Does a ketogenic diet reduce skin inflammation

Researchers recently studied how ketogenic diets affected skin inflammation.

Psoriasis affects at least 100 million individuals worldwide. Psoriasis is a chronic skin disease that causes red, patchy skin usually around the elbows and knees, although it can occur anywhere. Psoriasis is not contagious and anyone can get it. It is a disease of the body’s immune system, which becomes overactive and attacks the body.

The effects of psoriasis are not limited to physical pain, it also causes enormous stigma and emotional distress. Psoriasis sufferers are more frequently diagnosed with depression and negatively affect one’s quality of life.

Psoriasis is marked by inflammation. Inflammation of the skin, of nearby joints, known as psoriatic arthritis, even of the blood vessel occurs higher in psoriasis sufferers. Recent research has shown that diet plays a key role in controlling inflammation. Ketogenic diets have been shown to have anti-inflammatory properties and may provide some relief for skin inflammation.

Researchers from Paracelsus Medical University, Salzburg, Austria recently performed a study to determine does a ketogenic diet reduce skin inflammation. Their results were published in the Journal of Investigative Dermatology.

During the study, mice were fed different diets. The diet types were a standard diet, a ketogenic diet full of long-chain triglycerides, a ketogenic diet full of long and medium-chain triglycerides, and these three diet types supplemented with omega-3 fatty acids. Omega-3 fatty acids and medium-chain triglycerides are thought to provide anti-inflammatory benefits.

Medium-chain triglycerides are found in coconut oil, palm kernel oil, milk, and cheese. Long-chain triglycerides are found in soybean and safflower oils.

When compared with mice on a non-ketogenic diet, the ketogenic diet with high medium-chain triglycerides aggravated the symptoms of psoriasis in mice. Ketogenic diets that mainly contained long-chain triglycerides did not worsen the psoriasis. The researchers did not confirm that a ketogenic diet reduces skin inflammation.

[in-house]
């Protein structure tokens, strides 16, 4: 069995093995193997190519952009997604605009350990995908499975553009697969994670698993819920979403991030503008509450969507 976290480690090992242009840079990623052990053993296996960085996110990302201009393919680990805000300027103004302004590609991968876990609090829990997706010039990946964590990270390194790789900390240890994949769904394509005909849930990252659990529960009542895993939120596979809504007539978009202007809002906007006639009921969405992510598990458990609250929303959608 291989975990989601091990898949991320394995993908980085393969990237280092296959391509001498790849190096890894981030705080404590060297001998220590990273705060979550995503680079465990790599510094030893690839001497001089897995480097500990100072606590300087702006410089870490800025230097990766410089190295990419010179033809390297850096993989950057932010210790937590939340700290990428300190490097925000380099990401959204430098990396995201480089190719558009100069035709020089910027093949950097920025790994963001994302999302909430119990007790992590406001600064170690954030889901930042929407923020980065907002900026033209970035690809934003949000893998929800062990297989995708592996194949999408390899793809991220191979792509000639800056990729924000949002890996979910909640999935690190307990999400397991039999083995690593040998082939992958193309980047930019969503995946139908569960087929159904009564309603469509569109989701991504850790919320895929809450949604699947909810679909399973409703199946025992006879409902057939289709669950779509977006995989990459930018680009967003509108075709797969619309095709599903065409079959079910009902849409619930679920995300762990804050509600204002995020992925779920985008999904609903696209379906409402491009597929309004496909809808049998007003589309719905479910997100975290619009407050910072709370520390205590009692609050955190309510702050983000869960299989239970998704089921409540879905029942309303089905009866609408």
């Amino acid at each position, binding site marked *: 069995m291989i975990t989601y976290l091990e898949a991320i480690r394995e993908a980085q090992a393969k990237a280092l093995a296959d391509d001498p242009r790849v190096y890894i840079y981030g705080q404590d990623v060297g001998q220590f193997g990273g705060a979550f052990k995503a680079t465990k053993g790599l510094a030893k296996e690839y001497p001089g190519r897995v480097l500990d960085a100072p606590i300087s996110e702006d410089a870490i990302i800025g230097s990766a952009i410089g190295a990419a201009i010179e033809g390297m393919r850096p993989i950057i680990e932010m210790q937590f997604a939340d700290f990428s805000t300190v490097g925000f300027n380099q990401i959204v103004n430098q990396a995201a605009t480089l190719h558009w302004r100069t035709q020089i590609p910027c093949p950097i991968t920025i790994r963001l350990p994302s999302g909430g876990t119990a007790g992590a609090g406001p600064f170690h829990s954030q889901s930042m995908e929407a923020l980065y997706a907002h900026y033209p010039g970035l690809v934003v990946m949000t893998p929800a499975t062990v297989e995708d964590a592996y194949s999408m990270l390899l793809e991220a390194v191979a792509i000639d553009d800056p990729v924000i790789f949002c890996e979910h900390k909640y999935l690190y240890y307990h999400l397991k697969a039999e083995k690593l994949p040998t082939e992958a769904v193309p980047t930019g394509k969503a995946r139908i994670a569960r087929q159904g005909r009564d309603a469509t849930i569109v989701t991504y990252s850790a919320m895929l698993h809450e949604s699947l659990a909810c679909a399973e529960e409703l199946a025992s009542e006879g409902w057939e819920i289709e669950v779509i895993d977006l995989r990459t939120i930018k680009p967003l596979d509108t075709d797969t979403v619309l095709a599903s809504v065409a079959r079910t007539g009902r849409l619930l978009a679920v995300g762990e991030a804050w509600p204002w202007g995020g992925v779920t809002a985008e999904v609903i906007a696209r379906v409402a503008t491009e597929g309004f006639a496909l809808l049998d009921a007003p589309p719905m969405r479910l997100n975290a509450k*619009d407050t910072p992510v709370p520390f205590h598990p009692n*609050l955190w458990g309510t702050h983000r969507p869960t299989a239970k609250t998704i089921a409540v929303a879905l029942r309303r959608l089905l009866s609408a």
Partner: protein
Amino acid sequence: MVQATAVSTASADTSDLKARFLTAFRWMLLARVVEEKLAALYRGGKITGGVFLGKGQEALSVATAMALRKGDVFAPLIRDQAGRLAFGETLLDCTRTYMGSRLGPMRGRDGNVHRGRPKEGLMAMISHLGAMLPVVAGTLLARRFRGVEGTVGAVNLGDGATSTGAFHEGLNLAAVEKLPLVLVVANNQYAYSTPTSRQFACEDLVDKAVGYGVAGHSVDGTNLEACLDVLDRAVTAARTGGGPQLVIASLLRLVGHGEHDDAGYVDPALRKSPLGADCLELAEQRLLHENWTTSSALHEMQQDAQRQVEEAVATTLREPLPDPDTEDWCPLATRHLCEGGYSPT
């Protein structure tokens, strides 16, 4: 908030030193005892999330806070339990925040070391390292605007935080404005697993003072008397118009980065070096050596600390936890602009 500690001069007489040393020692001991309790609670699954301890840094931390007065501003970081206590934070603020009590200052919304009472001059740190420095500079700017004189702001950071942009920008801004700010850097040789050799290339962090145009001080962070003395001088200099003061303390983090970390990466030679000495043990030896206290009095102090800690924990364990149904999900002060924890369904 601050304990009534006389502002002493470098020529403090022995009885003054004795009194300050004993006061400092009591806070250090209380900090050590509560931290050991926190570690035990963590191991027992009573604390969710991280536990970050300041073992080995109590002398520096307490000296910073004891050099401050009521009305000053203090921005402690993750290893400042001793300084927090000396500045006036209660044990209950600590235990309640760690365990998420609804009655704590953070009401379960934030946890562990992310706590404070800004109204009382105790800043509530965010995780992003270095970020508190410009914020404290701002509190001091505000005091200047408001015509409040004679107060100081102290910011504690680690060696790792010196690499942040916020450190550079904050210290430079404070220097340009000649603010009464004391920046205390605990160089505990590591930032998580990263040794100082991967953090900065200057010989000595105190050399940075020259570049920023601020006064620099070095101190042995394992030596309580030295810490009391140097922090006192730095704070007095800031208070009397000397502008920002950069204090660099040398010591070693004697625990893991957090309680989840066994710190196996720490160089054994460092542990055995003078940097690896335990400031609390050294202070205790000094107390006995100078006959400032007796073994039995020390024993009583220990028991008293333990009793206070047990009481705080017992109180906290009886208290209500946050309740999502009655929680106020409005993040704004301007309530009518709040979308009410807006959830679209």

In a press release study co-lead, Dr. Barbara Kofler said, “We found that a well-balanced ketogenic diet, limited primarily to long-chain triglycerides (LCTs) like olive oil, soybean oil, fish, nuts, avocado, and meats, does not exacerbate skin inflammation. However, ketogenic diets containing high amounts of MCTs especially in combination with omega-3 fatty acids, should be used with caution since they may aggravate pre-existing skin inflammatory conditions.”

The study does show that diet is important in controlling inflammation as a result of psoriasis. Those hoping to control inflammation should not consume a ketogenic diet high in medium-chain triglycerides.

 

Written by Rebecca K. Blankenship, B.Sc.

 

References:

  1. Nagpal R, Neth B, Wang S, Craft S, Yadav H. Modified Mediterranean-ketogenic diet modulates gut microbiome and short-chain fatty acids in association with Alzheimer’s disease markers in subjects with mild cognitive impairment. EBioMedicine. 2019;47:529-542. doi:10.1016/j.ebiom.2019.08.032
  2. Locker F, Leitner J, Aminzadeh-Gohari S et al. The Influence of Ketogenic Diets on Psoriasiform-Like Skin Inflammation. Journal of Investigative Dermatology. 2019. doi:10.1016/j.jid.2019.07.718
  3. Psoriasis | CDC. Cdc.gov. https://www.cdc.gov/psoriasis/index.htm. Published 2019. Accessed October 19, 2019.
  4. Michalek I, Loring B. Global Report on Psoriasis. Apps.who.int. https://apps.who.int/iris/bitstream/handle/10665/204417/9789241565189_eng.pdf;sequence=1. Published 2016. Accessed October 19, 2019.
  5. Jiang Z, Zhang S, Wang X, Yang N, Zhu Y, Wilmore D. A Comparison of Medium-Chain and Long-Chain Triglycerides in Surgical Patients. Ann Surg. 1993;217(2):175-184. doi:10.1097/00000658-199302000-00012

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